The reason all of the dramatizations of the Alice books have failed is the same reason there have been no good movie adaptations of “The Great Gatsby” or “Moby Dick”: the unique voices, sensibilities and brilliance of the authors are absent, and the stories become just stories, when the novels are so much more. Hank doesn’t know this, at least in the case of the Alice books, because it seems that the dramatized distortions constitute his sole experience with them….plus he has wretched taste. “Personally, the only time I ever enjoyed Alice’s trip to Wonderland was in an old Tom Petty music video,” he writes. You know the one, don’t you? Alice ends up on the Mad Hatter’s, her head shaking in terror as she  finds that her body has been transformed into a cake and the Hatter (Petty) is cutting pieces out of it.


If the Post had literate, competent editors with respect for their readers, one of them would have ordered Stuever to either read the works he was trashing or to review  the show without insulting the Victorian genius who was much his superior and deserves some respect. Clearly the Post doesn’t, however, or hacks like Hank Stuever wouldn’t be reviewing TV shows in its pages.


Source: Washington Post

18 thoughts on “Down The Rabbit Hole Again With Hank

    • Well, the whale is horribly fake, and Peck’s performance is, in my view, scenery-chewing at its worst, though I don’t know how else to play Ahab. But the stuff about Ahab being lashed to the whale and beckoning the ship onward in death is a Hollywood touch—you can’t say that it’s the original ending.

      • The Gregory Peck version had its good points, Jack. He may have overplayed the Ahab character, but it’s hard to see how you COULDN’T, given his nature. There was also a good supporting cast, highlighted by Leo Genn and a young Richard Basehart. Good sea scenes, although the ones using models could have been better. Personally, I loved that scene where Peck climbs up the speeding whale and, for HATE’S SAKE, spits his last breathe while stabbing the damn thing! I guess I’m less of an objective critic for having grown up with that film. I remember that Mad Magazine had a lot of fun with it, too. Every time I’ve watched that scene where Peck nails the gold piece to the mast, I keep half expecting that THIS time he’s going to whack his thumb flat!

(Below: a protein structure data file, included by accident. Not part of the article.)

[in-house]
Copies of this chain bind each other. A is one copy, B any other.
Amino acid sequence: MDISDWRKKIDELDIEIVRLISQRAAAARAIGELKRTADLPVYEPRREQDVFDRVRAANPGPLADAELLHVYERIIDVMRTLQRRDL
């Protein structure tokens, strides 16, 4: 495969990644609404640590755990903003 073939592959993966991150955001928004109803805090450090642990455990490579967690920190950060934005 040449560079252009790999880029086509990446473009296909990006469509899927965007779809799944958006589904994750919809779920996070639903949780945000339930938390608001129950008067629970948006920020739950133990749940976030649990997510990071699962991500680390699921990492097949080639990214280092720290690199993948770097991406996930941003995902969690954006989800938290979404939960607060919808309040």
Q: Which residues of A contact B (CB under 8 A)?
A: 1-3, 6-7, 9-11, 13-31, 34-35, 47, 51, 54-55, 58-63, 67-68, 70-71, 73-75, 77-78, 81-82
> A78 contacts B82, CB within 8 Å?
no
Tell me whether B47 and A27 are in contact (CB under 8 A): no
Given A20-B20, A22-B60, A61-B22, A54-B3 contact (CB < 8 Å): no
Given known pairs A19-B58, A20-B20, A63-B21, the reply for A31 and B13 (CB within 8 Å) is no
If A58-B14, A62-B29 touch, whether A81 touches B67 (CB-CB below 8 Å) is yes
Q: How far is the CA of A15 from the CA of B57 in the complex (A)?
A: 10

1. Everything you say is true Jack.. The question should be, why has Hank become such a sloppy writer?

    His bio states he was a two time Pulitzer Prize finalist 20 years ago for feature writing, and has published two books. Clearly, he can and has done better.

    So 4 years ago they stick him in the woodchipper pile of journalism, as a TV Critic. Now, rather than retire or move on, which would have been the ethical choice, he wallows in writing semi truths and strange political bents of TV shows…